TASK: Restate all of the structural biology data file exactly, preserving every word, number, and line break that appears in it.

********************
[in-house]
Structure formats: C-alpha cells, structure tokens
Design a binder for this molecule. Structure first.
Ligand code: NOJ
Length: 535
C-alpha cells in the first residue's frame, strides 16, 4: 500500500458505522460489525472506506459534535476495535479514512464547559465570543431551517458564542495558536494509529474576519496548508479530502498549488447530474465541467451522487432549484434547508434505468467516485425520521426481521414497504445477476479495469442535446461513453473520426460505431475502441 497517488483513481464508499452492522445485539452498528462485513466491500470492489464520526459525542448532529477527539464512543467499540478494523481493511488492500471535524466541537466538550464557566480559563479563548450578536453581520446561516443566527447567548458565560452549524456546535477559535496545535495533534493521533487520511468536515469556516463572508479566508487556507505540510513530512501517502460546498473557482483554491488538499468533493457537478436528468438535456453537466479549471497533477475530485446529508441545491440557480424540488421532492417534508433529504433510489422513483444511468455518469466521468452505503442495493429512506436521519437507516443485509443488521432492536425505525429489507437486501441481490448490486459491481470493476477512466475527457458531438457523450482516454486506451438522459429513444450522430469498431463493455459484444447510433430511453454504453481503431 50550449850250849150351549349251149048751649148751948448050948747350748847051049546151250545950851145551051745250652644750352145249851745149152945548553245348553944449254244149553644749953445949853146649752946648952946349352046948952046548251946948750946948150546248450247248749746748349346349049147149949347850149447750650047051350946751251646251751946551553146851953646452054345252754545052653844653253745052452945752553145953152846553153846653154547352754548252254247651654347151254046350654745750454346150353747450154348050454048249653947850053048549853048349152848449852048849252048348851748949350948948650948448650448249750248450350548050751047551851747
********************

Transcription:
[in-house]
Structure formats: C-alpha cells, structure tokens
Design a binder for this molecule. Structure first.
Ligand code: NOJ
Length: 535
C-alpha cells in the first residue's frame, strides 16, 4: 500500500458505522460489525472506506459534535476495535479514512464547559465570543431551517458564542495558536494509529474576519496548508479530502498549488447530474465541467451522487432549484434547508434505468467516485425520521426481521414497504445477476479495469442535446461513453473520426460505431475502441 497517488483513481464508499452492522445485539452498528462485513466491500470492489464520526459525542448532529477527539464512543467499540478494523481493511488492500471535524466541537466538550464557566480559563479563548450578536453581520446561516443566527447567548458565560452549524456546535477559535496545535495533534493521533487520511468536515469556516463572508479566508487556507505540510513530512501517502460546498473557482483554491488538499468533493457537478436528468438535456453537466479549471497533477475530485446529508441545491440557480424540488421532492417534508433529504433510489422513483444511468455518469466521468452505503442495493429512506436521519437507516443485509443488521432492536425505525429489507437486501441481490448490486459491481470493476477512466475527457458531438457523450482516454486506451438522459429513444450522430469498431463493455459484444447510433430511453454504453481503431 50550449850250849150351549349251149048751649148751948448050948747350748847051049546151250545950851145551051745250652644750352145249851745149152945548553245348553944449254244149553644749953445949853146649752946648952946349352046948952046548251946948750946948150546248450247248749746748349346349049147149949347850149447750650047051350946751251646251751946551553146851953646452054345252754545052653844653253745052452945752553145953152846553153846653154547352754548252254247651654347151254046350654745750454346150353747450154348050454048249653947850053048549853048349152848449852048849252048348851748949350948948650948448650448249750248450350548050751047551851747